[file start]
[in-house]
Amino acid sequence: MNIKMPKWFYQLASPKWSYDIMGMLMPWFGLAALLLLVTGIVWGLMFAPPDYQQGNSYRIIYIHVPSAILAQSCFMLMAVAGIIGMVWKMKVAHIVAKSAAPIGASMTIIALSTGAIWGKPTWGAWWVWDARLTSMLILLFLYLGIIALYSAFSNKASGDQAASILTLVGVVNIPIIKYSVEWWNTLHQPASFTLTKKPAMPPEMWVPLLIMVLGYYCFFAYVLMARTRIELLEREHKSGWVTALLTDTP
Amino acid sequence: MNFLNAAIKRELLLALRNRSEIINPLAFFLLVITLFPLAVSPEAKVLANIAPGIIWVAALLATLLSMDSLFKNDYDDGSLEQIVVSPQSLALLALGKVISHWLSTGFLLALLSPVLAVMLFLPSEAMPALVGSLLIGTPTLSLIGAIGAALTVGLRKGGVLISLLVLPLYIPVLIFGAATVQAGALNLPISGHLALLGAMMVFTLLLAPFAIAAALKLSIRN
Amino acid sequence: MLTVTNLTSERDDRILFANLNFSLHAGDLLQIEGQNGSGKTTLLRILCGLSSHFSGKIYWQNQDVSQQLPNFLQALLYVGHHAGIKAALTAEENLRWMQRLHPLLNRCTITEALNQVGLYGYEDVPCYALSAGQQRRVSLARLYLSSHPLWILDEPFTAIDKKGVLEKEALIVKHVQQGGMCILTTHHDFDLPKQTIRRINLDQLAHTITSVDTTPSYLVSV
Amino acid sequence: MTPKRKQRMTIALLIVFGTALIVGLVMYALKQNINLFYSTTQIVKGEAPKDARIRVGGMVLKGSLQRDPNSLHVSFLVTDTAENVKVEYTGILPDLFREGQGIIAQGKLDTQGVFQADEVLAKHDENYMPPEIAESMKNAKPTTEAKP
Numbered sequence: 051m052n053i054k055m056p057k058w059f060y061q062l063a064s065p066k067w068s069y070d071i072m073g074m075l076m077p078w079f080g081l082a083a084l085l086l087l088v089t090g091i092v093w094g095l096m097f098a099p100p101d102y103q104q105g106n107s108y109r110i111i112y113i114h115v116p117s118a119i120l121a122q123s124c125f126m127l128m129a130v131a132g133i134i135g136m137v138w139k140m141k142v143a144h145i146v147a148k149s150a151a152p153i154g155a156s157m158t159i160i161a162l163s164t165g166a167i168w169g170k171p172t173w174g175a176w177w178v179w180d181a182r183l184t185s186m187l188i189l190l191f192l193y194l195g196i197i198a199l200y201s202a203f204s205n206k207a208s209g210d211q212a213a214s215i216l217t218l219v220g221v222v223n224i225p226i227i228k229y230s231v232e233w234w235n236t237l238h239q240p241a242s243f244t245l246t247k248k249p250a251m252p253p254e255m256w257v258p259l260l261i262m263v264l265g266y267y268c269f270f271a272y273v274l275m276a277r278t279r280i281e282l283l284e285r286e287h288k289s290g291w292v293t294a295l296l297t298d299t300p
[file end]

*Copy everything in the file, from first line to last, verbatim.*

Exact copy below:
[in-house]
Amino acid sequence: MNIKMPKWFYQLASPKWSYDIMGMLMPWFGLAALLLLVTGIVWGLMFAPPDYQQGNSYRIIYIHVPSAILAQSCFMLMAVAGIIGMVWKMKVAHIVAKSAAPIGASMTIIALSTGAIWGKPTWGAWWVWDARLTSMLILLFLYLGIIALYSAFSNKASGDQAASILTLVGVVNIPIIKYSVEWWNTLHQPASFTLTKKPAMPPEMWVPLLIMVLGYYCFFAYVLMARTRIELLEREHKSGWVTALLTDTP
Amino acid sequence: MNFLNAAIKRELLLALRNRSEIINPLAFFLLVITLFPLAVSPEAKVLANIAPGIIWVAALLATLLSMDSLFKNDYDDGSLEQIVVSPQSLALLALGKVISHWLSTGFLLALLSPVLAVMLFLPSEAMPALVGSLLIGTPTLSLIGAIGAALTVGLRKGGVLISLLVLPLYIPVLIFGAATVQAGALNLPISGHLALLGAMMVFTLLLAPFAIAAALKLSIRN
Amino acid sequence: MLTVTNLTSERDDRILFANLNFSLHAGDLLQIEGQNGSGKTTLLRILCGLSSHFSGKIYWQNQDVSQQLPNFLQALLYVGHHAGIKAALTAEENLRWMQRLHPLLNRCTITEALNQVGLYGYEDVPCYALSAGQQRRVSLARLYLSSHPLWILDEPFTAIDKKGVLEKEALIVKHVQQGGMCILTTHHDFDLPKQTIRRINLDQLAHTITSVDTTPSYLVSV
Amino acid sequence: MTPKRKQRMTIALLIVFGTALIVGLVMYALKQNINLFYSTTQIVKGEAPKDARIRVGGMVLKGSLQRDPNSLHVSFLVTDTAENVKVEYTGILPDLFREGQGIIAQGKLDTQGVFQADEVLAKHDENYMPPEIAESMKNAKPTTEAKP
Numbered sequence: 051m052n053i054k055m056p057k058w059f060y061q062l063a064s065p066k067w068s069y070d071i072m073g074m075l076m077p078w079f080g081l082a083a084l085l086l087l088v089t090g091i092v093w094g095l096m097f098a099p100p101d102y103q104q105g106n107s108y109r110i111i112y113i114h115v116p117s118a119i120l121a122q123s124c125f126m127l128m129a130v131a132g133i134i135g136m137v138w139k140m141k142v143a144h145i146v147a148k149s150a151a152p153i154g155a156s157m158t159i160i161a162l163s164t165g166a167i168w169g170k171p172t173w174g175a176w177w178v179w180d181a182r183l184t185s186m187l188i189l190l191f192l193y194l195g196i197i198a199l200y201s202a203f204s205n206k207a208s209g210d211q212a213a214s215i216l217t218l219v220g221v222v223n224i225p226i227i228k229y230s231v232e233w234w235n236t237l238h239q240p241a242s243f244t245l246t247k248k249p250a251m252p253p254e255m256w257v258p259l260l261i262m263v264l265g266y267y268c269f270f271a272y273v274l275m276a277r278t279r280i281e282l283l284e285r286e287h288k289s290g291w292v293t294a295l296l297t298d299t300p